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    Closed Captioning and Learning Styles: How They Make A Difference

    By: Aylin Dunham
    closed captioning books

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    Editor’s Note: This article was written by Dr. Rebecca Graetz, an Instructional Designer at Inver Hills Community College in Inver Grove Heights, Minnesota.

    Many times the general population sees closed (or open) captioning as something that only benefits those that have a hearing impairment. But if one were to really look at the big picture, closed captioning and learning styles are highly related because captioning addresses everyone (old, young, abled or disabled). Students who take distance courses online are from all walks of life and they all have different learning needs. Addressing all learning styles is imperative to successful learning, especially if learning is taking place in an online or blended platform.

    Recently a study was done at Inver Hills Community College in Inver Grove Heights, Minnesota on open captioning of videos for required viewing in developmental Math courses. Open captioning is where captions are always available to the viewer. Data was collected for two sets of classes: the first set of classes used videos without captions and the second set used the same videos, but with open captions. The data showed that the time spent watching videos decreased significantly when open captions were provided, while student success, as measured by grades, was similar in both sets of classes. This pointed to open captioning as a way to efficiently address a broader variety of cognitive learning styles.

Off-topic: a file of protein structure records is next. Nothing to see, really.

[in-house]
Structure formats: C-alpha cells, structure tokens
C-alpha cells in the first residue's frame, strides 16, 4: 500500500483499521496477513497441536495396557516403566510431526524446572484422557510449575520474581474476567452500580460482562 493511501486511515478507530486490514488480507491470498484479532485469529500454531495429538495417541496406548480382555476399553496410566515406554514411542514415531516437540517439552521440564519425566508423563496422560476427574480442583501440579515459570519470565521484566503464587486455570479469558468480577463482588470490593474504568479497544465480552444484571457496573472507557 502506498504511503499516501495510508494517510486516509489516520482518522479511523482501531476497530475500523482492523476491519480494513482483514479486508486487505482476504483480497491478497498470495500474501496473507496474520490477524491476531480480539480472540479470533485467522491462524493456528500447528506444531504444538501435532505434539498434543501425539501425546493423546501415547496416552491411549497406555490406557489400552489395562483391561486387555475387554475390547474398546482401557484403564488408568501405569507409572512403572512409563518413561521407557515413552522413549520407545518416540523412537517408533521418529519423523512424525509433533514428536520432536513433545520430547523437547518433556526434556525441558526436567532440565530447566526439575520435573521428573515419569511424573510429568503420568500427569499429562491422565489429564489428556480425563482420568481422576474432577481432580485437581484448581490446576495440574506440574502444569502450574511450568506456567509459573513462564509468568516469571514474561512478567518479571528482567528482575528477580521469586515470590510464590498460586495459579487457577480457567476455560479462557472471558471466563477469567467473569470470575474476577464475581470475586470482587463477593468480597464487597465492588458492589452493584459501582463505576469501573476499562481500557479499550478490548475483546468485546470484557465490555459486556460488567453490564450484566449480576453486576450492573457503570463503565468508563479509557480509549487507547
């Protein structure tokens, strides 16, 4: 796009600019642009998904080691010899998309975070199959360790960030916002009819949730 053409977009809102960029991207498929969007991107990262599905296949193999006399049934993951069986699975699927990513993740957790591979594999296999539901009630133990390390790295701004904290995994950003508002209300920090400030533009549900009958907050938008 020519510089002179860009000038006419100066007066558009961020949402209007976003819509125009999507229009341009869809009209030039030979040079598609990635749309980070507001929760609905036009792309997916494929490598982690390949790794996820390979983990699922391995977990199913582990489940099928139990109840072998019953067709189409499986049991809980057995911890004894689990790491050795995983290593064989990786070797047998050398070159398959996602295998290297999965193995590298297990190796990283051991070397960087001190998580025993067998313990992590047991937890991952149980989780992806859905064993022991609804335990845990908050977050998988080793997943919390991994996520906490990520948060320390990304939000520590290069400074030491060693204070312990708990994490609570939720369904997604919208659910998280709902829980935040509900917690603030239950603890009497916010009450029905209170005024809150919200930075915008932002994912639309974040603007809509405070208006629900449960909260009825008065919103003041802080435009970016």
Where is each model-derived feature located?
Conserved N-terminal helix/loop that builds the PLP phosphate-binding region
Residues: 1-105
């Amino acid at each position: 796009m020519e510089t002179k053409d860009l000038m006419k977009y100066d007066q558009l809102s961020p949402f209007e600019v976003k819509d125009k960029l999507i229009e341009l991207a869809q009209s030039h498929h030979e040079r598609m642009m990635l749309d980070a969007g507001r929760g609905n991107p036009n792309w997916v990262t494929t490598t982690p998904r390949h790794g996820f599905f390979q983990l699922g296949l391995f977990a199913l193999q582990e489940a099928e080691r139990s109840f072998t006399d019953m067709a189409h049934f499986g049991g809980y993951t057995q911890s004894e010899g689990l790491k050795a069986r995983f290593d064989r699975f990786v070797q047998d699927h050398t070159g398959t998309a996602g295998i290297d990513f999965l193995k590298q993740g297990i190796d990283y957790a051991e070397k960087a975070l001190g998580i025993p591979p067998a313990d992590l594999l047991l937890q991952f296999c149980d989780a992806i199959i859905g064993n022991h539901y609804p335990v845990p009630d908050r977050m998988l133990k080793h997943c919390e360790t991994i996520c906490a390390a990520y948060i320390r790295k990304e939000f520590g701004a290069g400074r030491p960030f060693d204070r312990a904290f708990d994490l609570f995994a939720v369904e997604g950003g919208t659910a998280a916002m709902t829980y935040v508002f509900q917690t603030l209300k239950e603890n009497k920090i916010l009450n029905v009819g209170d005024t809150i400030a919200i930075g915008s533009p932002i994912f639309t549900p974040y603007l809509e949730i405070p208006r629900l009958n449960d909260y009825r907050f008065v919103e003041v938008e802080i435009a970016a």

Cognitive learning focuses on three different styles of learning. These are visual, auditory and kinesthetic (or VAK). According to Sarasin (1999) VAK learning styles referred to human observation channels: visual, hearing and feeling. It suggested visual learners can learn effectively when they see the materials; auditory learners like to hear the material; and kinesthetic learners do best when doing an activity.

    As video is now a commonplace in education, entertainment and many aspects of life, especially with the increased popularity of mobile devices, it is important to think about the audience for whom you are creating a video and what purpose the video is addressing. By being proactive with captioning instead of reactive, students find it easier to learn and in turn are more successful. Are we, as educators, thinking about the big picture for students and their success, or are we just trying to create the most entertaining course using videos, without really thinking about learning styles? This is just a point to ponder for the future when designing a course and using videos for learning.

    Sarasin, L. C. (1999). Learning style perspectives: Impact in the classroom. Madison, WI: Atwood Publishing

    Dr. Rebecca Graetz is an Instructional Designer at Inver Hills Community College in Inver Grove Heights, Minnesota.